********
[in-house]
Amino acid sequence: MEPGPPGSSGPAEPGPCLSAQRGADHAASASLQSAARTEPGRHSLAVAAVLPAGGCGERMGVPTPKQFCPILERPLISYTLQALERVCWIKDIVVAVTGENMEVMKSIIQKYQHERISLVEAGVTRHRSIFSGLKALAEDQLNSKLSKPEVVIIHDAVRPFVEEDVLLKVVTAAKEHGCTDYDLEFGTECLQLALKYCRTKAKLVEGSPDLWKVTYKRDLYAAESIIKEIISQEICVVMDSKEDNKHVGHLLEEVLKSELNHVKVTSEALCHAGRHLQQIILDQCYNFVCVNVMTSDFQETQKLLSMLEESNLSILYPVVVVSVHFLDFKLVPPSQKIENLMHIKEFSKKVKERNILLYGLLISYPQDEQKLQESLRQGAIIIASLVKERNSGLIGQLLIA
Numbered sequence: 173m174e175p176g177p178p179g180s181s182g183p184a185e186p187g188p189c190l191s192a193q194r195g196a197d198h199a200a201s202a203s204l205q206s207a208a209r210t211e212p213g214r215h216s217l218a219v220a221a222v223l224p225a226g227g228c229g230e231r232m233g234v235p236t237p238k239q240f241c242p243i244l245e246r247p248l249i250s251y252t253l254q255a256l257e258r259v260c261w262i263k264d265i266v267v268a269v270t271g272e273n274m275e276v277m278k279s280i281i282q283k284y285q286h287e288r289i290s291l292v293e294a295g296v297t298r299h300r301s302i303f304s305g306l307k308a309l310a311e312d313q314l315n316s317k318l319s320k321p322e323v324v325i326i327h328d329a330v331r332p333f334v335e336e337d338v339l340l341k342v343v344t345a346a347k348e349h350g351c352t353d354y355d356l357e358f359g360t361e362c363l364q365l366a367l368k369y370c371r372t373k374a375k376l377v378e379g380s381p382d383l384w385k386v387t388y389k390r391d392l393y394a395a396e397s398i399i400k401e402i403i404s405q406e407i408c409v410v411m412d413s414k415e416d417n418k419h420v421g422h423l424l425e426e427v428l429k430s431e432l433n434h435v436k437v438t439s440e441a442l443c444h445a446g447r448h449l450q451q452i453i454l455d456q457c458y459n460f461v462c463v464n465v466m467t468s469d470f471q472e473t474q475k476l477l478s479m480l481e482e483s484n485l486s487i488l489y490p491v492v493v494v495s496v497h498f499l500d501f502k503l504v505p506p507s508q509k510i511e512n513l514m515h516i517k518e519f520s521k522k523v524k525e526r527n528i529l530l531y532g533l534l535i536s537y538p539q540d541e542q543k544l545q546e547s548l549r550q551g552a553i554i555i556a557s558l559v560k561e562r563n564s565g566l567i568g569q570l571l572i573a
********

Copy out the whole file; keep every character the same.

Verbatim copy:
[in-house]
Amino acid sequence: MEPGPPGSSGPAEPGPCLSAQRGADHAASASLQSAARTEPGRHSLAVAAVLPAGGCGERMGVPTPKQFCPILERPLISYTLQALERVCWIKDIVVAVTGENMEVMKSIIQKYQHERISLVEAGVTRHRSIFSGLKALAEDQLNSKLSKPEVVIIHDAVRPFVEEDVLLKVVTAAKEHGCTDYDLEFGTECLQLALKYCRTKAKLVEGSPDLWKVTYKRDLYAAESIIKEIISQEICVVMDSKEDNKHVGHLLEEVLKSELNHVKVTSEALCHAGRHLQQIILDQCYNFVCVNVMTSDFQETQKLLSMLEESNLSILYPVVVVSVHFLDFKLVPPSQKIENLMHIKEFSKKVKERNILLYGLLISYPQDEQKLQESLRQGAIIIASLVKERNSGLIGQLLIA
Numbered sequence: 173m174e175p176g177p178p179g180s181s182g183p184a185e186p187g188p189c190l191s192a193q194r195g196a197d198h199a200a201s202a203s204l205q206s207a208a209r210t211e212p213g214r215h216s217l218a219v220a221a222v223l224p225a226g227g228c229g230e231r232m233g234v235p236t237p238k239q240f241c242p243i244l245e246r247p248l249i250s251y252t253l254q255a256l257e258r259v260c261w262i263k264d265i266v267v268a269v270t271g272e273n274m275e276v277m278k279s280i281i282q283k284y285q286h287e288r289i290s291l292v293e294a295g296v297t298r299h300r301s302i303f304s305g306l307k308a309l310a311e312d313q314l315n316s317k318l319s320k321p322e323v324v325i326i327h328d329a330v331r332p333f334v335e336e337d338v339l340l341k342v343v344t345a346a347k348e349h350g351c352t353d354y355d356l357e358f359g360t361e362c363l364q365l366a367l368k369y370c371r372t373k374a375k376l377v378e379g380s381p382d383l384w385k386v387t388y389k390r391d392l393y394a395a396e397s398i399i400k401e402i403i404s405q406e407i408c409v410v411m412d413s414k415e416d417n418k419h420v421g422h423l424l425e426e427v428l429k430s431e432l433n434h435v436k437v438t439s440e441a442l443c444h445a446g447r448h449l450q451q452i453i454l455d456q457c458y459n460f461v462c463v464n465v466m467t468s469d470f471q472e473t474q475k476l477l478s479m480l481e482e483s484n485l486s487i488l489y490p491v492v493v494v495s496v497h498f499l500d501f502k503l504v505p506p507s508q509k510i511e512n513l514m515h516i517k518e519f520s521k522k523v524k525e526r527n528i529l530l531y532g533l534l535i536s537y538p539q540d541e542q543k544l545q546e547s548l549r550q551g552a553i554i555i556a557s558l559v560k561e562r563n564s565g566l567i568g569q570l571l572i573a